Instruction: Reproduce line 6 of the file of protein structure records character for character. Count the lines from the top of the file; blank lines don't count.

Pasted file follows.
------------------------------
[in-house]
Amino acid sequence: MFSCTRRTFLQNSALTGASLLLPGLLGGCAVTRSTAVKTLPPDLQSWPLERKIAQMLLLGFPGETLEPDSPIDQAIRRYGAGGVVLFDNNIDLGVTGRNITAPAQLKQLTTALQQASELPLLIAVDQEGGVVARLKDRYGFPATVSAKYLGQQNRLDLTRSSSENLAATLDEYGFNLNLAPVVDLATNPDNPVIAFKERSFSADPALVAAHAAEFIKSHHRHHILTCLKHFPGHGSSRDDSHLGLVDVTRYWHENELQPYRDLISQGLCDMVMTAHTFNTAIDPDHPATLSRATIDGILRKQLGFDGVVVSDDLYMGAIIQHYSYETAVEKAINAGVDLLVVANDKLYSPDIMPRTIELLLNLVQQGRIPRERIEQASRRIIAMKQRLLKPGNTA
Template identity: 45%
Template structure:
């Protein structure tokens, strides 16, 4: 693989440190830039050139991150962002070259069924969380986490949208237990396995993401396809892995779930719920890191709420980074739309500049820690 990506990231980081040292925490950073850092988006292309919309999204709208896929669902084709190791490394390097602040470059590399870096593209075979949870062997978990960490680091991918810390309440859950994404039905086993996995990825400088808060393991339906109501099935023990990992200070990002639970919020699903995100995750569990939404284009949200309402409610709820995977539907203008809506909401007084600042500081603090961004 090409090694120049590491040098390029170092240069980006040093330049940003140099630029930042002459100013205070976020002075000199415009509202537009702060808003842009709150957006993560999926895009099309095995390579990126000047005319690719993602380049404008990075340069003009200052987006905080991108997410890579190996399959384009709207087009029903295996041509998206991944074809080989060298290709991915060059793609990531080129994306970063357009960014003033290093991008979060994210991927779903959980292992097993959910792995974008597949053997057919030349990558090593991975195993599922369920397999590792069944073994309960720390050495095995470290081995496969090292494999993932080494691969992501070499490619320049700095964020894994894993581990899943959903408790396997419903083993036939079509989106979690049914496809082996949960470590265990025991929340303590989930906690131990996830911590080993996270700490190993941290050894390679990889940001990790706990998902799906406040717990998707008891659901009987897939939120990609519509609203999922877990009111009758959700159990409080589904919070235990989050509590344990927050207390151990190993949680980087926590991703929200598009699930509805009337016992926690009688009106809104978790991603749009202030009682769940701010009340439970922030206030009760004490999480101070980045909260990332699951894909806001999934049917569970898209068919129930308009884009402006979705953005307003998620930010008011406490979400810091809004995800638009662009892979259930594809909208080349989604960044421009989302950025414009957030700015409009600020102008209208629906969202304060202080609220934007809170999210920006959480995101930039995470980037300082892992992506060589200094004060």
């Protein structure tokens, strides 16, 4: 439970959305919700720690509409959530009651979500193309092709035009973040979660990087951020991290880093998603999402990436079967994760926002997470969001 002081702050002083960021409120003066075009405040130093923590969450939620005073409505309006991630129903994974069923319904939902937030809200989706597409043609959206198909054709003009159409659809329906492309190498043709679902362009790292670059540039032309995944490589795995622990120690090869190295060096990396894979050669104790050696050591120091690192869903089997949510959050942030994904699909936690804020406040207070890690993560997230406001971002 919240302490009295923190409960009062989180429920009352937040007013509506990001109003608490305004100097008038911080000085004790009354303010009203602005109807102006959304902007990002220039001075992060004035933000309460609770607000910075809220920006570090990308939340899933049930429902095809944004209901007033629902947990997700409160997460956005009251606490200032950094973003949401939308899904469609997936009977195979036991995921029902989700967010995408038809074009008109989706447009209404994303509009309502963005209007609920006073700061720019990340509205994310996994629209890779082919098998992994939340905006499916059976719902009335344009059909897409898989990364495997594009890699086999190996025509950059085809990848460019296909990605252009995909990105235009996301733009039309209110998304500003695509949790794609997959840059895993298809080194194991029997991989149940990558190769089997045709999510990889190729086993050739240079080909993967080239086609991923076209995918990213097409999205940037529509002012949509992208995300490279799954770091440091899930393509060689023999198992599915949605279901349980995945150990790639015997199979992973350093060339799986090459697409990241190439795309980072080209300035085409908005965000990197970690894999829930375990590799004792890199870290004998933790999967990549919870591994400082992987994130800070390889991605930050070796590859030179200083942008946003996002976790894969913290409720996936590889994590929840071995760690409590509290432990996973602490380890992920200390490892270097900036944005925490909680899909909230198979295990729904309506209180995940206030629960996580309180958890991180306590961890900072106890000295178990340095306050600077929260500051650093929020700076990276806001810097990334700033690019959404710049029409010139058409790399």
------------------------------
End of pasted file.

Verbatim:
């Protein structure tokens, strides 16, 4: 439970959305919700720690509409959530009651979500193309092709035009973040979660990087951020991290880093998603999402990436079967994760926002997470969001 002081702050002083960021409120003066075009405040130093923590969450939620005073409505309006991630129903994974069923319904939902937030809200989706597409043609959206198909054709003009159409659809329906492309190498043709679902362009790292670059540039032309995944490589795995622990120690090869190295060096990396894979050669104790050696050591120091690192869903089997949510959050942030994904699909936690804020406040207070890690993560997230406001971002 919240302490009295923190409960009062989180429920009352937040007013509506990001109003608490305004100097008038911080000085004790009354303010009203602005109807102006959304902007990002220039001075992060004035933000309460609770607000910075809220920006570090990308939340899933049930429902095809944004209901007033629902947990997700409160997460956005009251606490200032950094973003949401939308899904469609997936009977195979036991995921029902989700967010995408038809074009008109989706447009209404994303509009309502963005209007609920006073700061720019990340509205994310996994629209890779082919098998992994939340905006499916059976719902009335344009059909897409898989990364495997594009890699086999190996025509950059085809990848460019296909990605252009995909990105235009996301733009039309209110998304500003695509949790794609997959840059895993298809080194194991029997991989149940990558190769089997045709999510990889190729086993050739240079080909993967080239086609991923076209995918990213097409999205940037529509002012949509992208995300490279799954770091440091899930393509060689023999198992599915949605279901349980995945150990790639015997199979992973350093060339799986090459697409990241190439795309980072080209300035085409908005965000990197970690894999829930375990590799004792890199870290004998933790999967990549919870591994400082992987994130800070390889991605930050070796590859030179200083942008946003996002976790894969913290409720996936590889994590929840071995760690409590509290432990996973602490380890992920200390490892270097900036944005925490909680899909909230198979295990729904309506209180995940206030629960996580309180958890991180306590961890900072106890000295178990340095306050600077929260500051650093929020700076990276806001810097990334700033690019959404710049029409010139058409790399």